The rest of us can only imagine her grief but everyone can agree with what she is saying.
“I’m so proud of my son, but this shouldn’t have happened to my son and I want answers,” she said.
A spontaneous wake occurred on the front lawn of their home on Long Island. The local baseball team walked over from the field across the street and stood in stunned silence as Buckley’s father, gasping for breath, tried to comprehend what had happened. “He was gunned down,” he said. “He was gunned down with a weapon that we supplied.”
One of those steps is a “guardian angel” program that would provide security during meetings between NATO and Afghan troops, which Panetta said “involves identifying one individual to stand to the side so that he can watch people’s backs and hopefully identify people who would be involved in these attacks.”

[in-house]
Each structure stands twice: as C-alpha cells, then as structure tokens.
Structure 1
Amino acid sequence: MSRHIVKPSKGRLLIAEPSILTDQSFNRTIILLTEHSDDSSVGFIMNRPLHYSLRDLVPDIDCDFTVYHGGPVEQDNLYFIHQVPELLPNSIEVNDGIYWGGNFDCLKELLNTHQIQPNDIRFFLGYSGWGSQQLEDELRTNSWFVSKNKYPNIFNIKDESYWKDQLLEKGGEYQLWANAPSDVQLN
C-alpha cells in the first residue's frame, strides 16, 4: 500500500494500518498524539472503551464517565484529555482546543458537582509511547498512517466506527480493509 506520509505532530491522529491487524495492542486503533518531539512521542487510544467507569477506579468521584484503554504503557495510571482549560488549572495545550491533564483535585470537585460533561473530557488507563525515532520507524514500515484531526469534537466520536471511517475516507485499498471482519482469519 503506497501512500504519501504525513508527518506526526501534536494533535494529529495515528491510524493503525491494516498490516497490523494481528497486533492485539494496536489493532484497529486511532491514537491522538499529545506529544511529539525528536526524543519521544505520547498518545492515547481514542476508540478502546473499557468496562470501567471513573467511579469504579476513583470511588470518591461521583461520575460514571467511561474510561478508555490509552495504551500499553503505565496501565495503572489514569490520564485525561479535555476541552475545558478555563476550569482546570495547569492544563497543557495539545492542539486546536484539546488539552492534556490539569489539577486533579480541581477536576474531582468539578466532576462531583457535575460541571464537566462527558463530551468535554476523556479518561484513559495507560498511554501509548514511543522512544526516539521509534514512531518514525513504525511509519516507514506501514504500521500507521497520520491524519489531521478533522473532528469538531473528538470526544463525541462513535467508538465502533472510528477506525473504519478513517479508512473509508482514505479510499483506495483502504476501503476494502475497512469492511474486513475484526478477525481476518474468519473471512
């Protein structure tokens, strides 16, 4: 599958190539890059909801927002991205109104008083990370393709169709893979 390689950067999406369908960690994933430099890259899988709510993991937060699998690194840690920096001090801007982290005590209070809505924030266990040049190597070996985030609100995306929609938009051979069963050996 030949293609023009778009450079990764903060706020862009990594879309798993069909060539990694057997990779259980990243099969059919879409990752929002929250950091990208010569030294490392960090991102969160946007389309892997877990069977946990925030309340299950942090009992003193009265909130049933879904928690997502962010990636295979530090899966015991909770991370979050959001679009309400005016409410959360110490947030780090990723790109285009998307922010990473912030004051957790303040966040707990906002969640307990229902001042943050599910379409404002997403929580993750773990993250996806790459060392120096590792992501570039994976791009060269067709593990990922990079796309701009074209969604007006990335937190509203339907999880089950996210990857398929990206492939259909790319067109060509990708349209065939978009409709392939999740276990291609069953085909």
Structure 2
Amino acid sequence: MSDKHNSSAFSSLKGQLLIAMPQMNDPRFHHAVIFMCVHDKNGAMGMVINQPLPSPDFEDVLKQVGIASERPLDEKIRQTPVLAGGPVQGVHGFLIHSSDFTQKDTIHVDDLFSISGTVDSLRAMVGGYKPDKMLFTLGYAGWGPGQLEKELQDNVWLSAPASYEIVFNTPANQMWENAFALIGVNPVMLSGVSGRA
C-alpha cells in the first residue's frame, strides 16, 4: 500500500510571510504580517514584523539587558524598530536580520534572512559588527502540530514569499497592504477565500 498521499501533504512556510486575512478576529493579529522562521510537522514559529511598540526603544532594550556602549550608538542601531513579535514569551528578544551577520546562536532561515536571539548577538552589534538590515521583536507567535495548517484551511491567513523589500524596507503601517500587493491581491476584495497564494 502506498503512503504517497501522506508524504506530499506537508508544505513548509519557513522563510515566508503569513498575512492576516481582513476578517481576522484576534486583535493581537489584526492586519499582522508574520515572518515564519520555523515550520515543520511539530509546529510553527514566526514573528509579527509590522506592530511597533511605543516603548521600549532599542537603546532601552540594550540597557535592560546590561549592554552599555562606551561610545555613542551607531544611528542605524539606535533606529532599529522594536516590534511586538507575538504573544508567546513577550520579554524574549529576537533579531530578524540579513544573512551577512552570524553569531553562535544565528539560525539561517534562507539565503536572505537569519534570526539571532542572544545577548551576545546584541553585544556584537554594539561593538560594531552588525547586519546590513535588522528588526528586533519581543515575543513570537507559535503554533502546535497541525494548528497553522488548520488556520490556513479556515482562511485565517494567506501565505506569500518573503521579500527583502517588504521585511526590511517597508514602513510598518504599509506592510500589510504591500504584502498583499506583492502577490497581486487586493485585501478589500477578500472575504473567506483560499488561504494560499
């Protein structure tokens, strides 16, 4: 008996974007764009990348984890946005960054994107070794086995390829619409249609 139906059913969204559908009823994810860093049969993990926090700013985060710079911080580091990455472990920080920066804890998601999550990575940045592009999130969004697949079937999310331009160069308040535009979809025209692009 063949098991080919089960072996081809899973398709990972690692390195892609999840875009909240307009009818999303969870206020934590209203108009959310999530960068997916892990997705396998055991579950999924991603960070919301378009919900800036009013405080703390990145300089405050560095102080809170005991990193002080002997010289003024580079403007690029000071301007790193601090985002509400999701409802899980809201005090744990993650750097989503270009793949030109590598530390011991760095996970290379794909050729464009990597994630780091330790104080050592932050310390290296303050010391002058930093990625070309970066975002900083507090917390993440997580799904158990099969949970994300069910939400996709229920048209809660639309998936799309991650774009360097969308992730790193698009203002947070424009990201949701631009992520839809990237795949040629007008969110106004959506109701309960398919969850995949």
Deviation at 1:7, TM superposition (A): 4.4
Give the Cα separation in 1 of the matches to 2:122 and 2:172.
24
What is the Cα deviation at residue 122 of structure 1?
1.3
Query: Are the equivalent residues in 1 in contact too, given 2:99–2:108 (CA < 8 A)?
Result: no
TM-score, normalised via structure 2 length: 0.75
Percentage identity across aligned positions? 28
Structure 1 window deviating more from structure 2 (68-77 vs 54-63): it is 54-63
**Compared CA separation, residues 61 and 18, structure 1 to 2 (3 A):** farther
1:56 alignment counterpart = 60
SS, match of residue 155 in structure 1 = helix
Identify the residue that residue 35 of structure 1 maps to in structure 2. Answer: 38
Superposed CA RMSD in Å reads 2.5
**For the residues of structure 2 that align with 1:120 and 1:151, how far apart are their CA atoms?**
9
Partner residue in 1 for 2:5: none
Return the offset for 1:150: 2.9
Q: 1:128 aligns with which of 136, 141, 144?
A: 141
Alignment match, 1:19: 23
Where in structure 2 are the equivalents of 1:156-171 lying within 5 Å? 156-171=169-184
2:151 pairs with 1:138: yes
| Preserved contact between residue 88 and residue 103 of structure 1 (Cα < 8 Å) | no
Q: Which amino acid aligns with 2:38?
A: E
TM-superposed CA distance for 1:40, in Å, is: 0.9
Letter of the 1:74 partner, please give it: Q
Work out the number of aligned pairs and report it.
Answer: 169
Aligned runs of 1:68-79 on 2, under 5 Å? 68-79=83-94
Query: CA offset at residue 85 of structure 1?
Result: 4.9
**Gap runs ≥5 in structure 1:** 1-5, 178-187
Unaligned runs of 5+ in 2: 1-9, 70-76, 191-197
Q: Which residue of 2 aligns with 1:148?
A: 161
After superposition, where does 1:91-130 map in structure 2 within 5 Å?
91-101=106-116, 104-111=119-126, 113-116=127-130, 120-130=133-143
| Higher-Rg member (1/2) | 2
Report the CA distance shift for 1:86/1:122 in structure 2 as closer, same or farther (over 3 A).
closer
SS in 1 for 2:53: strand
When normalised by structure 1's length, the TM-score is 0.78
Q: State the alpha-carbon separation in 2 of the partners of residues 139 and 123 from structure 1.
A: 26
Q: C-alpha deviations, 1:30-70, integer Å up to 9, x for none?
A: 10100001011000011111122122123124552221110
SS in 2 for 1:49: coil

Families need to have some comfort with relative safety of loved ones serving in combat. Usually there is a break in combat for soldiers on the front line, so family members can check in and get some level of comfort “we made it through another day.” But with the increasing danger of surprise attacks from Afghanistan police, there is no safe house or zone for our soldiers to take a safe break from the threat of attack and the stress of war. One encouraging sign is the “guardian angel” program referenced above. This is the same kind of program that is effective when soldiers need to sleep without fear of being killed while in the middle of combat and on the highest level of alert. Whether we talk about it or not families become a part of the battle field and on alert 24/7 when they feel their son or daughter is not safe at anytime, even when in an area is designated as secure. The challenges of moral injury and PTSD become even more exacerbated under these conditions, and the broader implications on family members waiting at home in constant fear must be considered… Steve Sparks Author Reconciliation: A Son’s Story